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    Five Classical Puzzles

    "Vacancy in a schedule" uses a doctor's appointment to drive home the real exis- tence of nonphysical, nonmental, nontranscendental entities. "Creating/discov- ering" is a new solution to the old dilemma, based on real math-talk. The other sections develop related ramifications of the humanist philosophy of mathematics.

    Vacancy in a Schedule

    I phone Dr. Caldwell for an appointment. He's booked way ahead, but his receptionist finds me an opening.

    It's fortunate that the opening in Caldwell's schedule exists. That existence may mean he'll see me in time to detect a life-threatening illness.

    The opening in his schedule can't be weighed, or measured, or analyzed chemically. It's not a physical object. The suggestion is absurd.

    Is it a mental object? A thought in the receptionist's mind/brain? No. If she overlooked it, the opening would still be "there." A thought in Dr. Caldwell's mind/brain? No. When you ask about his schedule, he asks the receptionist.

    The opening in Dr. Caldwell's schedule really exists. It's definite; it's recog- nizable. It has the right to be called "an object." But neither physical, mental, nor transcendental object.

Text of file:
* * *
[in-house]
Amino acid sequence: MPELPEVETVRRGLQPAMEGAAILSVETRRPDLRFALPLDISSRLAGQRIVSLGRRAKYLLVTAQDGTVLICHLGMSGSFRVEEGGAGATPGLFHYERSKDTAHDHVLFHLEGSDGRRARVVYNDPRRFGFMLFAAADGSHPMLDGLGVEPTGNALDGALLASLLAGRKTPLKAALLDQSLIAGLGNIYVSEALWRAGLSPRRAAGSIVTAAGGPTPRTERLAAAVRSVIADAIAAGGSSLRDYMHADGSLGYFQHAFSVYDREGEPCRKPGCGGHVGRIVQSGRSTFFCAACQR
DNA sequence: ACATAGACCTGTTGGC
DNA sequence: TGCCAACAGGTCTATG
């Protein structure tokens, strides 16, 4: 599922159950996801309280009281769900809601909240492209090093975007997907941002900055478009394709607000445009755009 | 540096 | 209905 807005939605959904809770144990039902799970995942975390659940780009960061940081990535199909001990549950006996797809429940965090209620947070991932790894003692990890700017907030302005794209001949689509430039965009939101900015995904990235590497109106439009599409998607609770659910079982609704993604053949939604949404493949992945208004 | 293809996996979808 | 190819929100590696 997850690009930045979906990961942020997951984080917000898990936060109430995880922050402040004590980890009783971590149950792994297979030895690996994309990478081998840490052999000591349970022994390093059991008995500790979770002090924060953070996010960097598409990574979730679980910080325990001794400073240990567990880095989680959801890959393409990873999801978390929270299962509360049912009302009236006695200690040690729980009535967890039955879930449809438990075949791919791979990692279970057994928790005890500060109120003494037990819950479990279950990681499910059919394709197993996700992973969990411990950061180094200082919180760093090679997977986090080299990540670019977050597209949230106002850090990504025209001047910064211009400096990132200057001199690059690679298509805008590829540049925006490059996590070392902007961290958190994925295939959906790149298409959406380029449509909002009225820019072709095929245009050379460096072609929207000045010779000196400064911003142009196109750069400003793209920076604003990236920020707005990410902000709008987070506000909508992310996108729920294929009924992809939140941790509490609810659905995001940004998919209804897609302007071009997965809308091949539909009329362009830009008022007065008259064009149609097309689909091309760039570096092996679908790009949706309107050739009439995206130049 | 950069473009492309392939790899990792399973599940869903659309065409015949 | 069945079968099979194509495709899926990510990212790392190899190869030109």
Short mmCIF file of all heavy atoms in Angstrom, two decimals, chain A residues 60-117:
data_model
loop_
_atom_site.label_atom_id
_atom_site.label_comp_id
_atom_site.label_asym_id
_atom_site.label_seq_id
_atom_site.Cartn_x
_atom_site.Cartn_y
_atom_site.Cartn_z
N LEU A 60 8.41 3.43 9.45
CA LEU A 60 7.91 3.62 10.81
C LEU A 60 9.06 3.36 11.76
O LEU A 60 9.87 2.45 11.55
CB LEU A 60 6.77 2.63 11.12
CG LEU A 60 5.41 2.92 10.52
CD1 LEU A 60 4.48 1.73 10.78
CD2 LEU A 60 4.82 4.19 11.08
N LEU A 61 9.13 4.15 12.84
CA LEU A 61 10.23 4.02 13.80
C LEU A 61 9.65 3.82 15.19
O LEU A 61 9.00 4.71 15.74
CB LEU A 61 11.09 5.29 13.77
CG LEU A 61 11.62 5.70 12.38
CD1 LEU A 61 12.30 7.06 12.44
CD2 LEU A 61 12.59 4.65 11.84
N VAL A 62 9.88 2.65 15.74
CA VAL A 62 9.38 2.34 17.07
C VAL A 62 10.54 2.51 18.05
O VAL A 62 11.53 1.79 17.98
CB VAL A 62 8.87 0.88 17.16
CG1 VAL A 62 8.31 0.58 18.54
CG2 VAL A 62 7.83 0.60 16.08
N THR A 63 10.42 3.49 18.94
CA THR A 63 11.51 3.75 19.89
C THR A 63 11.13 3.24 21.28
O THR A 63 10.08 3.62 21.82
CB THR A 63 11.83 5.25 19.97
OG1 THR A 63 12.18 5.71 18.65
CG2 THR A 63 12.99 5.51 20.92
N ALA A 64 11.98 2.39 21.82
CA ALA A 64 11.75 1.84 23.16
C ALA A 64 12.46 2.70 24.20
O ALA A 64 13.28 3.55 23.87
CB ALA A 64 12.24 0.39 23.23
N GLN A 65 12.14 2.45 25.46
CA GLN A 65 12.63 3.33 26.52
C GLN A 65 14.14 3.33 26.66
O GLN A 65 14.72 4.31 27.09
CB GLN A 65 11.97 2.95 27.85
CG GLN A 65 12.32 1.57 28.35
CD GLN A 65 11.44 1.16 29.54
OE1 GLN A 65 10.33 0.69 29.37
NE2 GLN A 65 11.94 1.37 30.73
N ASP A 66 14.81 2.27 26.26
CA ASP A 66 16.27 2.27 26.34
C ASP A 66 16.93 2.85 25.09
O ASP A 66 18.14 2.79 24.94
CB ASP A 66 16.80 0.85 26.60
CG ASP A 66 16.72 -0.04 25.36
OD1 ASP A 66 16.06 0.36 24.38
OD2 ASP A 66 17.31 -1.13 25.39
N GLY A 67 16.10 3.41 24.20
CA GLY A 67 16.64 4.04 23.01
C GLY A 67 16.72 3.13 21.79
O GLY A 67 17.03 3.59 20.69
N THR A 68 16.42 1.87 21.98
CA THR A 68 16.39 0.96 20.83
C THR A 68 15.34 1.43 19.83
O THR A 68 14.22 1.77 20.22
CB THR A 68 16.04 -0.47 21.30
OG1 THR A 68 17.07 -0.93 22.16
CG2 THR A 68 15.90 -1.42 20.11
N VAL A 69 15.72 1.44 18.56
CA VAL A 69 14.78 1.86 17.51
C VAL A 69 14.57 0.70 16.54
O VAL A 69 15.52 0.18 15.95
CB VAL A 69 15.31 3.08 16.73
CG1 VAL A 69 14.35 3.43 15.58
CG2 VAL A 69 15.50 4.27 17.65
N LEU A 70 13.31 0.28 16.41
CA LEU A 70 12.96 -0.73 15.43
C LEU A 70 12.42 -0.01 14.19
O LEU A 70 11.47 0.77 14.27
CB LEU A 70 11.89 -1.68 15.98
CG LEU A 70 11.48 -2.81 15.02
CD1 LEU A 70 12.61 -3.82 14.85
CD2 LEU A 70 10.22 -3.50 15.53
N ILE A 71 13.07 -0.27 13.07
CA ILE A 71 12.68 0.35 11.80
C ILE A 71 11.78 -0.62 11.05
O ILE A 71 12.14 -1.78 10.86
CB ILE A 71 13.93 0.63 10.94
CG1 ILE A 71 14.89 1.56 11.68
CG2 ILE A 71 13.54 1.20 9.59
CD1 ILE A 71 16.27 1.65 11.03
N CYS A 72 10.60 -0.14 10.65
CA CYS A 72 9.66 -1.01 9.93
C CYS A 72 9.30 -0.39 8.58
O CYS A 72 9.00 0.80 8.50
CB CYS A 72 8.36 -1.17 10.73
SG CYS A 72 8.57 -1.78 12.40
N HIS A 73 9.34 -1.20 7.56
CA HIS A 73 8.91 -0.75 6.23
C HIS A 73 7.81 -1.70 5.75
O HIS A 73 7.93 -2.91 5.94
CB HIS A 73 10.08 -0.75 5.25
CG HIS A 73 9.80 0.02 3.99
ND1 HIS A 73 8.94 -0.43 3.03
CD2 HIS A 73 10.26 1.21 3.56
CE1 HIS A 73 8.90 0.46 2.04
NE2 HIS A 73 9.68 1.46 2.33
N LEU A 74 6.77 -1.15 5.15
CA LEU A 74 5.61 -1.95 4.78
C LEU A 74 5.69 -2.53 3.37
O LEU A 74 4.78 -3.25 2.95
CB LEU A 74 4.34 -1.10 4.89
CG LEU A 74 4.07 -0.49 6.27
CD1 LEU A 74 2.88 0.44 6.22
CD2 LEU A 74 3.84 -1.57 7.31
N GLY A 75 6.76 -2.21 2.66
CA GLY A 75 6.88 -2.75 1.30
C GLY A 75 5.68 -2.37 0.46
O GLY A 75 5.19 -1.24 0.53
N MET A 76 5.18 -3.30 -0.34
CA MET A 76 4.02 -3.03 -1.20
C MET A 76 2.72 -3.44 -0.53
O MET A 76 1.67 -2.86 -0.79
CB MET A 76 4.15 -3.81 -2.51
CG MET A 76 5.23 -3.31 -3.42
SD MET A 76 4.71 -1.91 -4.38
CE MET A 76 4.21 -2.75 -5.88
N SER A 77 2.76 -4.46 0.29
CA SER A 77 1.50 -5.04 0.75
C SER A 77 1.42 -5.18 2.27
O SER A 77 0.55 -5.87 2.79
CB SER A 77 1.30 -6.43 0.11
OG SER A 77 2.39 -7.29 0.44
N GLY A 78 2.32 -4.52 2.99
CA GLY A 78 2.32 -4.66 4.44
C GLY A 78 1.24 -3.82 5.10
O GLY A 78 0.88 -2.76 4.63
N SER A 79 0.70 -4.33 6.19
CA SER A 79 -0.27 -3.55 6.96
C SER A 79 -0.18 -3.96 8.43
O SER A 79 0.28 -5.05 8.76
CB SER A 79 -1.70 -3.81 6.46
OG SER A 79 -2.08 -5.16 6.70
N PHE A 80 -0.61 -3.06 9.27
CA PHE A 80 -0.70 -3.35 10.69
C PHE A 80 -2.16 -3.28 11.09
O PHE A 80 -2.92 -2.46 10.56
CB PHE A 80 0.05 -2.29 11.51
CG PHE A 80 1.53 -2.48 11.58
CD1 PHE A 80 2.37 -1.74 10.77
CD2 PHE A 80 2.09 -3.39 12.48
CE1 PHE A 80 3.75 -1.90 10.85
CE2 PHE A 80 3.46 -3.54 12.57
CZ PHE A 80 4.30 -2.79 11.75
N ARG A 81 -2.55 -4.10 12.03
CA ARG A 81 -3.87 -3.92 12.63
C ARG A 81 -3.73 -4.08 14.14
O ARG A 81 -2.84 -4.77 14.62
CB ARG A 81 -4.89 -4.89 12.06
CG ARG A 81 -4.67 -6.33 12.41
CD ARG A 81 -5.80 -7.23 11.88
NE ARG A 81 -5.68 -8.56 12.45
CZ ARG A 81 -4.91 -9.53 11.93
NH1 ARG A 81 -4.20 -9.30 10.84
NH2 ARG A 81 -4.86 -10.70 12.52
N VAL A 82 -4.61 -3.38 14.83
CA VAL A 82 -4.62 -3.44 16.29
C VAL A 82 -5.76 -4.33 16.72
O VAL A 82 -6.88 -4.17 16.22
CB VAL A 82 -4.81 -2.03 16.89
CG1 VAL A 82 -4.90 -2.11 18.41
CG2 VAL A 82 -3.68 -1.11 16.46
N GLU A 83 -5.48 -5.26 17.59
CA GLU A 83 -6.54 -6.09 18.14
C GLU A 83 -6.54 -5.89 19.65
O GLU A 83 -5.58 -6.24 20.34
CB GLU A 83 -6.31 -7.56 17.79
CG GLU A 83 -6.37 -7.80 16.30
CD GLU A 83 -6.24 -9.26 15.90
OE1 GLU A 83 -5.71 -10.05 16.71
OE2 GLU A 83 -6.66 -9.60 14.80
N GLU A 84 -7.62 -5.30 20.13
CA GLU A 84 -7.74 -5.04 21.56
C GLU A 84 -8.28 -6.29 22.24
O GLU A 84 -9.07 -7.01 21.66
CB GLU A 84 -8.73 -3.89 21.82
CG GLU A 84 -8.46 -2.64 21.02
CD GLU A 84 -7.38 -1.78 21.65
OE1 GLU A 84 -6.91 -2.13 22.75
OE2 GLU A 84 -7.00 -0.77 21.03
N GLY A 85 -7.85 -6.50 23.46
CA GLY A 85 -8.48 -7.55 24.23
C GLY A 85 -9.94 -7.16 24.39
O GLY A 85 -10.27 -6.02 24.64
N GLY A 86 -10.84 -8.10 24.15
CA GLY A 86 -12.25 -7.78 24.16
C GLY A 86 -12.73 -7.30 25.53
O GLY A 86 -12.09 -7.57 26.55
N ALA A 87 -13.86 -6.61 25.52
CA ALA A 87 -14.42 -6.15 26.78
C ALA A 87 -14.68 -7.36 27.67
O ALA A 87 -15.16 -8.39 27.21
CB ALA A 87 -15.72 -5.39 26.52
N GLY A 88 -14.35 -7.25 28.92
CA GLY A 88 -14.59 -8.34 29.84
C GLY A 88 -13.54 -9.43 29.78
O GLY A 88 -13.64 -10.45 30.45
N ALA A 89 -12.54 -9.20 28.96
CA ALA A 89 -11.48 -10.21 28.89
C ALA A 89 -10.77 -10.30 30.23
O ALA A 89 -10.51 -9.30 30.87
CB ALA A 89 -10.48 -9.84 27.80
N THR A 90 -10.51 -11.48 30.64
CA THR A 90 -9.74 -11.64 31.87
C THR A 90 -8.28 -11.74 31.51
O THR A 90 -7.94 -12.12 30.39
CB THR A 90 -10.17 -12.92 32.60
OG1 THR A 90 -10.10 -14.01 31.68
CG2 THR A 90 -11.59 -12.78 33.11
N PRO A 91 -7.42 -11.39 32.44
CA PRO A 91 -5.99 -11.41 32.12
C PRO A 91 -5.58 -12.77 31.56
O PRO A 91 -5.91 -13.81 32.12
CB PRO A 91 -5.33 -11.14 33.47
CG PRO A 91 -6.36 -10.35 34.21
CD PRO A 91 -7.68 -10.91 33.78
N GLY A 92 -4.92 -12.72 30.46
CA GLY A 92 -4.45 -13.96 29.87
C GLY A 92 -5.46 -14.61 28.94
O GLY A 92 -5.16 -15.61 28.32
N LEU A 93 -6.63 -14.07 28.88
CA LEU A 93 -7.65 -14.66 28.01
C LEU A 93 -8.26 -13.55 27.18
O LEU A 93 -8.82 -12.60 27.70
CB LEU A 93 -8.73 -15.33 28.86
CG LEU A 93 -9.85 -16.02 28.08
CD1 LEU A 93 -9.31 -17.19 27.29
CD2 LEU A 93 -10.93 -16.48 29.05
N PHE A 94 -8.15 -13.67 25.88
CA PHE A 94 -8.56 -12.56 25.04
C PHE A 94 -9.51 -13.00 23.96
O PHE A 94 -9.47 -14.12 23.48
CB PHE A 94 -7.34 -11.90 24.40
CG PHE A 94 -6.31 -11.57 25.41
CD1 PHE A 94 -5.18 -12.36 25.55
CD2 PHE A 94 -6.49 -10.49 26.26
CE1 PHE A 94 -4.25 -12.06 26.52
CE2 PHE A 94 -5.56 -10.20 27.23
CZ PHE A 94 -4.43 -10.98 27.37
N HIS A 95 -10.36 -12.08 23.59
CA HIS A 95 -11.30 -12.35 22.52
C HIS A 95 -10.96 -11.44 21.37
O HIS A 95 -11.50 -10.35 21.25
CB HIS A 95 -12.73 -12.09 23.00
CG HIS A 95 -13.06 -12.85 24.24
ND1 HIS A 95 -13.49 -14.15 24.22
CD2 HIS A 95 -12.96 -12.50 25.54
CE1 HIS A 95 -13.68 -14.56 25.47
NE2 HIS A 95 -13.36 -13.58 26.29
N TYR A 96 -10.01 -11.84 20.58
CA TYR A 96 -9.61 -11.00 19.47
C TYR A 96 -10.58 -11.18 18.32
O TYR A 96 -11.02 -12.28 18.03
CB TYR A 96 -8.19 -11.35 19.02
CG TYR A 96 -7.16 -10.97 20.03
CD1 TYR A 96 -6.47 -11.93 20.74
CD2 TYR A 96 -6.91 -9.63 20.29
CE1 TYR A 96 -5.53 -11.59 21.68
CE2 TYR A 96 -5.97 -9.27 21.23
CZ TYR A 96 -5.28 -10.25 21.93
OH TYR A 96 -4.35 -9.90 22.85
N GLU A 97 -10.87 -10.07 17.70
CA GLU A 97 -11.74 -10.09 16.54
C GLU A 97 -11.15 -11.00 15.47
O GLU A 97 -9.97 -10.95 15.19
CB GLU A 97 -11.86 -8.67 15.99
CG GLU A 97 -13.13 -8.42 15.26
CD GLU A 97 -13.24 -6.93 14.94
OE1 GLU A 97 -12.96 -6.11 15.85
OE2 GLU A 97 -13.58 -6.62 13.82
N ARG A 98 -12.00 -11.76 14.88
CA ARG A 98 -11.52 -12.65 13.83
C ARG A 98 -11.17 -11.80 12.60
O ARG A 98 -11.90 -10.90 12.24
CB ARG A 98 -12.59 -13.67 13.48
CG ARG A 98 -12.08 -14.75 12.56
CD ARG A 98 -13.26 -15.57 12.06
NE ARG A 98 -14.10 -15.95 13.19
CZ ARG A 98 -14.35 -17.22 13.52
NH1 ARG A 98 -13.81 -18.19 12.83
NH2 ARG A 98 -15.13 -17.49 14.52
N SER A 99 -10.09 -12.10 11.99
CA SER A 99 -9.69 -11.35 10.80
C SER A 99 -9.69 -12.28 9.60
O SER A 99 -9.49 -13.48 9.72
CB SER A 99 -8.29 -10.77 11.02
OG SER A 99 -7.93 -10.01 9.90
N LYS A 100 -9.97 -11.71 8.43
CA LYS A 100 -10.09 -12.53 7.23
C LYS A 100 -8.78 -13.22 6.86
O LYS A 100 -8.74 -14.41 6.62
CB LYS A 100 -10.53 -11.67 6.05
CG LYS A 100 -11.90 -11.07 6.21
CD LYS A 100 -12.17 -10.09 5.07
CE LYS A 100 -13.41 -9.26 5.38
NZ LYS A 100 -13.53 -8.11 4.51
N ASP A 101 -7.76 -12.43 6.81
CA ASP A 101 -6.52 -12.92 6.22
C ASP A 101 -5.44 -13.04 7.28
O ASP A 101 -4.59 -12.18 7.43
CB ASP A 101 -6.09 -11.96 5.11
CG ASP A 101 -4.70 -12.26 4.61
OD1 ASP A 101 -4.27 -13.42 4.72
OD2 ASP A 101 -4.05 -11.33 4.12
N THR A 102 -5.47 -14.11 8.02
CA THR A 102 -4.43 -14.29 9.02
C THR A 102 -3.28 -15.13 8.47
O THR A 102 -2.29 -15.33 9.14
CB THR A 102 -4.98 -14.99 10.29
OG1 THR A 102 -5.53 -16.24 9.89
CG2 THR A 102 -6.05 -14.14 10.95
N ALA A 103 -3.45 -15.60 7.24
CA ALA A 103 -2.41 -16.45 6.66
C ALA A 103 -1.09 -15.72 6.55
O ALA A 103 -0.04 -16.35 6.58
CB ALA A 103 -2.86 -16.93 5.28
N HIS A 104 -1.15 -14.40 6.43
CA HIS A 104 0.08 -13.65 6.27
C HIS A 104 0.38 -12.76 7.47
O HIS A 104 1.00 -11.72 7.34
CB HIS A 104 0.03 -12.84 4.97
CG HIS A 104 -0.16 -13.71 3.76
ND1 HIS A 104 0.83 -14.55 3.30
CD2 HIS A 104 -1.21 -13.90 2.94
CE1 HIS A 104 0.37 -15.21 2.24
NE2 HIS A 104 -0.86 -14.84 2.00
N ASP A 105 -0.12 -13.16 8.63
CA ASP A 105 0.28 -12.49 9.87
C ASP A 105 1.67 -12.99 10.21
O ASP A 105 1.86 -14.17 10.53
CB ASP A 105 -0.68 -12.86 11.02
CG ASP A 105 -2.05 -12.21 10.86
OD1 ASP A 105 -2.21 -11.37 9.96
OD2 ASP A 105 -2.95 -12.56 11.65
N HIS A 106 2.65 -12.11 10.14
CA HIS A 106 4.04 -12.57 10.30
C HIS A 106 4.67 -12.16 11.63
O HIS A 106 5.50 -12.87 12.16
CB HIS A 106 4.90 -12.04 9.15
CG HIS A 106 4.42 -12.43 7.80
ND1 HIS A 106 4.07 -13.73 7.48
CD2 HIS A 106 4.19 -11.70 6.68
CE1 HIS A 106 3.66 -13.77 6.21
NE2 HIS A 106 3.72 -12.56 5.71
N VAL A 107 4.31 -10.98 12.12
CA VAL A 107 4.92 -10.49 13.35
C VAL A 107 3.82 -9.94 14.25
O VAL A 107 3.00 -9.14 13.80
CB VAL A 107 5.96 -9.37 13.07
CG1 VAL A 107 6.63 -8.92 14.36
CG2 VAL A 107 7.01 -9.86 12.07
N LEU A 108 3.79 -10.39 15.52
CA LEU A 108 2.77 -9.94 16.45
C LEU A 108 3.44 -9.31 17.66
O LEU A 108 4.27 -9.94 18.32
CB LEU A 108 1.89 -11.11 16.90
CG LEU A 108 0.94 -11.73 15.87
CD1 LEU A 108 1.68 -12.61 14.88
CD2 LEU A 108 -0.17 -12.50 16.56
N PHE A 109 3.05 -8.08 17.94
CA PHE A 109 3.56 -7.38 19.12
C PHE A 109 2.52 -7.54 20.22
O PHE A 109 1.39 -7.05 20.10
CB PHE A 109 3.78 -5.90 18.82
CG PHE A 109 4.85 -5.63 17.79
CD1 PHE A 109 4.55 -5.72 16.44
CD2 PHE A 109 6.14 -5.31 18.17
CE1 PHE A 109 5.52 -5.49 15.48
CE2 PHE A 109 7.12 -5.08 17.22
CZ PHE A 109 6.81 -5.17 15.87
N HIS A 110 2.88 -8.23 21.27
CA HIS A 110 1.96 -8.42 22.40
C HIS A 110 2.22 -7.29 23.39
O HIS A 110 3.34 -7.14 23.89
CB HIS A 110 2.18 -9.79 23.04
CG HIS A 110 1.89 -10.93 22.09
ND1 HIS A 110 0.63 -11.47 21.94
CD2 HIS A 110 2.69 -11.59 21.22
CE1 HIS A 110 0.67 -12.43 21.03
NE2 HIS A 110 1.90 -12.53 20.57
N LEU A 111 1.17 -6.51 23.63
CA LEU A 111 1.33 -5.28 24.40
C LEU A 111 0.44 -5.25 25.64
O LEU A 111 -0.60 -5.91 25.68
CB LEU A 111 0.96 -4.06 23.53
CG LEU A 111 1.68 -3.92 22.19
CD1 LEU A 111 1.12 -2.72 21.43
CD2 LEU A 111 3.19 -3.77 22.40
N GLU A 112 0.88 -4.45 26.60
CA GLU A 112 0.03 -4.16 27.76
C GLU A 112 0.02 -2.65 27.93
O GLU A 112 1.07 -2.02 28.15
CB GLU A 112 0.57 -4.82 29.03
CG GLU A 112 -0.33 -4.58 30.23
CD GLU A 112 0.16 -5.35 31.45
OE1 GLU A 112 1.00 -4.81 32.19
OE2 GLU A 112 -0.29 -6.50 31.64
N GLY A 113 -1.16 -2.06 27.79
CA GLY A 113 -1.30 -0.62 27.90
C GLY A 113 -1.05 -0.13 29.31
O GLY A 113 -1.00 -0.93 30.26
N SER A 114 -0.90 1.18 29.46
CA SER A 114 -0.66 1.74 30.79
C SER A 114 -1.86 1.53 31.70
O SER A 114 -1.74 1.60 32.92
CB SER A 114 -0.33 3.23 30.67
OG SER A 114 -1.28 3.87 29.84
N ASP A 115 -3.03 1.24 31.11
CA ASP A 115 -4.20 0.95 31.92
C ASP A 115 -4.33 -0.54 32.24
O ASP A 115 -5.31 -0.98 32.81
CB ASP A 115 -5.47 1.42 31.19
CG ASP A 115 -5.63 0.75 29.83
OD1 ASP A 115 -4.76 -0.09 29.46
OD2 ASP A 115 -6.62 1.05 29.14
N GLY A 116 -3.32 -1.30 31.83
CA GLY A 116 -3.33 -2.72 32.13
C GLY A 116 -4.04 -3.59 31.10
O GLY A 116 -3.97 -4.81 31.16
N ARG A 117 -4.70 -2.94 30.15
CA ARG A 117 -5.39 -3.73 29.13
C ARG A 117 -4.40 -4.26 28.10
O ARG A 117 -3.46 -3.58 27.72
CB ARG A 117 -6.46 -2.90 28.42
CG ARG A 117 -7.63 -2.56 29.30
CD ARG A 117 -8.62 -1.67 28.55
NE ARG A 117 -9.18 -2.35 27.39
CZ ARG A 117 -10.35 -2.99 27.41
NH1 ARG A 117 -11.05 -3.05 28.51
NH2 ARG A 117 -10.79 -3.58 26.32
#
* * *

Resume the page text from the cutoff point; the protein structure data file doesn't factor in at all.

It exists in a web of social arrangements, which includes doctor, receptionist, and patients. It's a social-cultural-historic object, and real as can be.


    Is mathematics created or discovered? This old chestnut has been argued for- ever. The argument is a front in the eternal battle between Platonists and anti- Platonists.

  • Five Classical Puzzles 73

    Platonists think mathematical entities can't be created. They already exist, whether we know them or not. We can discover them, but we can't create what's already there.

    Formalists and intuitionists, on the contrary, know that mathematics is cre- ated by people (mainly mathematicians). It can't be discovered, because noth- ing's there to discover until we create it.

    Each position is internally consistent. They seem incompatible. Let's not replow this well-trodden ground. Instead, let's listen impartially for

    "create" and "discover" in nonphilosophical mathematical conversation. Why do both words—"create" and "discover"—seem plausible?

    Think about some simple school problem. "Find the area of a polygon, with vertices such and such and such." Each student chooses her own method to get the area. Yet their different

    methods must all yield the same number. If someone gets a different answer, he made a mistake. After the mistakes are found and corrected (and any new mis- takes made in the correction process also corrected), the whole class ends up with the same number.

    This is the canonical, paradigmatic, fundamental experience of mathematical problem solving. That's why we say, "discover." We're not free to answer according to our fancy! The answer is the answer, like it or not. So we're con- vinced the answer is somewhere there.

    If a problem is clearly and definitely formulated, we take it for granted that it has a solution.

    (Sometimes the solution is a proof that no solution of the sought-for type is possible.)